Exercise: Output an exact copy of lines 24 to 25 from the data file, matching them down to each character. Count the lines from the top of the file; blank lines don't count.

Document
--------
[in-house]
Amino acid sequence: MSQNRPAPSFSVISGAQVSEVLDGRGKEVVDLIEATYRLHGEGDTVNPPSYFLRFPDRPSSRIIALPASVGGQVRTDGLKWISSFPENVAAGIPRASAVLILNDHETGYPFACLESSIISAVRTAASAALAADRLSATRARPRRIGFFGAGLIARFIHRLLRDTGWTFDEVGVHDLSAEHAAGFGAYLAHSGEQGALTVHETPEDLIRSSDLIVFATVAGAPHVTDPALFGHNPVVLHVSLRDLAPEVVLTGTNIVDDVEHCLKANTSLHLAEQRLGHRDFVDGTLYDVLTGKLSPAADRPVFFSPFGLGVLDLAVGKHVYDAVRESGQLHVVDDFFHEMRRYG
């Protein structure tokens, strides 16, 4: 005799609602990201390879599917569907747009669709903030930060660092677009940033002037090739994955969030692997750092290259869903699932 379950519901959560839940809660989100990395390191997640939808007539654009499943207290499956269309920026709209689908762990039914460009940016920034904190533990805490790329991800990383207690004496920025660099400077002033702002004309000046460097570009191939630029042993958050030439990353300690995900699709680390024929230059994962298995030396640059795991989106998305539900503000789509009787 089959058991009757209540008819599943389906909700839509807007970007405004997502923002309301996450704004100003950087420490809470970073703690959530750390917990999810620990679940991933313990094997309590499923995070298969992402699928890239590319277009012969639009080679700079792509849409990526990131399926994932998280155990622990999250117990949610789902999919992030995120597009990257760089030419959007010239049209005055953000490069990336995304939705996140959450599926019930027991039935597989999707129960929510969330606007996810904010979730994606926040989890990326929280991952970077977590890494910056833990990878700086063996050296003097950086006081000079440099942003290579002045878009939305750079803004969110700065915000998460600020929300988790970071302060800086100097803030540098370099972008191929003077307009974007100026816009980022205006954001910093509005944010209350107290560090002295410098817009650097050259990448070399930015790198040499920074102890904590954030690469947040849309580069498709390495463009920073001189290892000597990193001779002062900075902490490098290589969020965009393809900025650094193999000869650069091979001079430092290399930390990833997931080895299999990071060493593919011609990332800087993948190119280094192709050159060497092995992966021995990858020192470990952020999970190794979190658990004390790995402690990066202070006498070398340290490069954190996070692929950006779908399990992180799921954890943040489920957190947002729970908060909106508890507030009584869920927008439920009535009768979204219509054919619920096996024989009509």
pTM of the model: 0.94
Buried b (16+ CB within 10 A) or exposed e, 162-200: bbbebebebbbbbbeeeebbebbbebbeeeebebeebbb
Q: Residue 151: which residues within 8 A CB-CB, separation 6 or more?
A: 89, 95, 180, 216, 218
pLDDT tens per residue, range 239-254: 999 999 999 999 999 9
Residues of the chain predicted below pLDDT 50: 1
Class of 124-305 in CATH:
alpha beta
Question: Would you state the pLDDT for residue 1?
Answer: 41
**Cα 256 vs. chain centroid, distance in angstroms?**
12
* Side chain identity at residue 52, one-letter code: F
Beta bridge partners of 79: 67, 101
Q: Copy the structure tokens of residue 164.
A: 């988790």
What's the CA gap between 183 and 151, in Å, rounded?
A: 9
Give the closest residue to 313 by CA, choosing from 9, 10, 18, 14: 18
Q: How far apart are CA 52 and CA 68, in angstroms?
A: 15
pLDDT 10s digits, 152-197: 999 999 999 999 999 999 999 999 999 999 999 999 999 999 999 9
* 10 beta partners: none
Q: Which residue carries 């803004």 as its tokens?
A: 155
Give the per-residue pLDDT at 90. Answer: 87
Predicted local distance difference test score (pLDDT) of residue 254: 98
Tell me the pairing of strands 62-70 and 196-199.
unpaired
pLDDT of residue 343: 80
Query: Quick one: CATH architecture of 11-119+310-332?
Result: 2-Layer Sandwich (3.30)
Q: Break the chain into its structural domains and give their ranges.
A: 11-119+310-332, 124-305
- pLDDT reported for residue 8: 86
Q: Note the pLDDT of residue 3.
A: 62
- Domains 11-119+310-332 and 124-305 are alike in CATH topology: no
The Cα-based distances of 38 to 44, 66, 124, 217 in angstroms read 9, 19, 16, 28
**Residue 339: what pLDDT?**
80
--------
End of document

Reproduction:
A: 15
pLDDT 10s digits, 152-197: 999 999 999 999 999 999 999 999 999 999 999 999 999 999 999 9